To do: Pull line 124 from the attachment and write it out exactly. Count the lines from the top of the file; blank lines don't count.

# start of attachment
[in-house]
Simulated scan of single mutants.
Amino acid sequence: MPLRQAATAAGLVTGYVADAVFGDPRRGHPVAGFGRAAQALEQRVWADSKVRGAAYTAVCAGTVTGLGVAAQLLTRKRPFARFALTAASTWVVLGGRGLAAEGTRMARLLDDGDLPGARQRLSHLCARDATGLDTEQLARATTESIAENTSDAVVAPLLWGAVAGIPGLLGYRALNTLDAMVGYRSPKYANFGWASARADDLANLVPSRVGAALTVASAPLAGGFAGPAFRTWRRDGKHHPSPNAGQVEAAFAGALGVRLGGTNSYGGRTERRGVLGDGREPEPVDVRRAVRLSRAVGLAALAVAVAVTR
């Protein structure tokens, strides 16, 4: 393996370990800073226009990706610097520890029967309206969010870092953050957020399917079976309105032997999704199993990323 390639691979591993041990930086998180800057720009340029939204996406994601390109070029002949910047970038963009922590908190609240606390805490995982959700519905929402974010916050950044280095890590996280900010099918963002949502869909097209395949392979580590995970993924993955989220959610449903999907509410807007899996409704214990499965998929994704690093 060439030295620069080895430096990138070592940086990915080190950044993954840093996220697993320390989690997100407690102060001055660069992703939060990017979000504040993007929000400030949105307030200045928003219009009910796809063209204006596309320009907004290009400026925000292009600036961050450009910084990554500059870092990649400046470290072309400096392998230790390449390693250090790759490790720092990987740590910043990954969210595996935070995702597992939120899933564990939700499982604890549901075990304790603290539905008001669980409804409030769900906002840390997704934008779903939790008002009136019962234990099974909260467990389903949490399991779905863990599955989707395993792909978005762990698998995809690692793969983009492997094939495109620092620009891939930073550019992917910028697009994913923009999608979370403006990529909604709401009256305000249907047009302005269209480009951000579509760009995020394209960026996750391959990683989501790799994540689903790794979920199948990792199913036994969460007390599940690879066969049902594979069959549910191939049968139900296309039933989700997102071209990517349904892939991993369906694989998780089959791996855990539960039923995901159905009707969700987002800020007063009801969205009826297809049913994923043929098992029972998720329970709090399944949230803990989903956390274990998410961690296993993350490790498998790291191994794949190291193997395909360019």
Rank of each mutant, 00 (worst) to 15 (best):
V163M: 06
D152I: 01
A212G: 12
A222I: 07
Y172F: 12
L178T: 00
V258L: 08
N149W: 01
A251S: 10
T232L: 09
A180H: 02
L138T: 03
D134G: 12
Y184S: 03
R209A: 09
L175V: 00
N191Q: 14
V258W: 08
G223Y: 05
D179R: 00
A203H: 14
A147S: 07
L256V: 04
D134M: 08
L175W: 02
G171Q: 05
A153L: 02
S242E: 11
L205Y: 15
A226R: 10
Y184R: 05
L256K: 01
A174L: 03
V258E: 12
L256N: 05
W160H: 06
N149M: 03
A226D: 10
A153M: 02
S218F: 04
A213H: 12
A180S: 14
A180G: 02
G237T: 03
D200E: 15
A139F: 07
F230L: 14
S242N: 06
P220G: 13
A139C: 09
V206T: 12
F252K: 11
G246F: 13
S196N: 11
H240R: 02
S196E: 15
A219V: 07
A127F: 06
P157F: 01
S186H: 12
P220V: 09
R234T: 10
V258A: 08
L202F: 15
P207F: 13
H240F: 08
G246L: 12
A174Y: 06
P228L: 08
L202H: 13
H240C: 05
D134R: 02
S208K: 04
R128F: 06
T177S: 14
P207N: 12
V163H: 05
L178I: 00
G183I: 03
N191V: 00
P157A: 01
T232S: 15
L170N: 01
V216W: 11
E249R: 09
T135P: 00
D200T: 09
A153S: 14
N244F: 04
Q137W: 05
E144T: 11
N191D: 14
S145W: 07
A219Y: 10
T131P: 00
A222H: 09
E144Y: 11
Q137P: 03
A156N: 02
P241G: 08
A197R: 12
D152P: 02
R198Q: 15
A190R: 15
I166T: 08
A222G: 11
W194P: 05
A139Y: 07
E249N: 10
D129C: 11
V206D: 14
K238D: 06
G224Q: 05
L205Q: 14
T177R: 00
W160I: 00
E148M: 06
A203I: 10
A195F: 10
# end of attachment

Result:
A195F: 10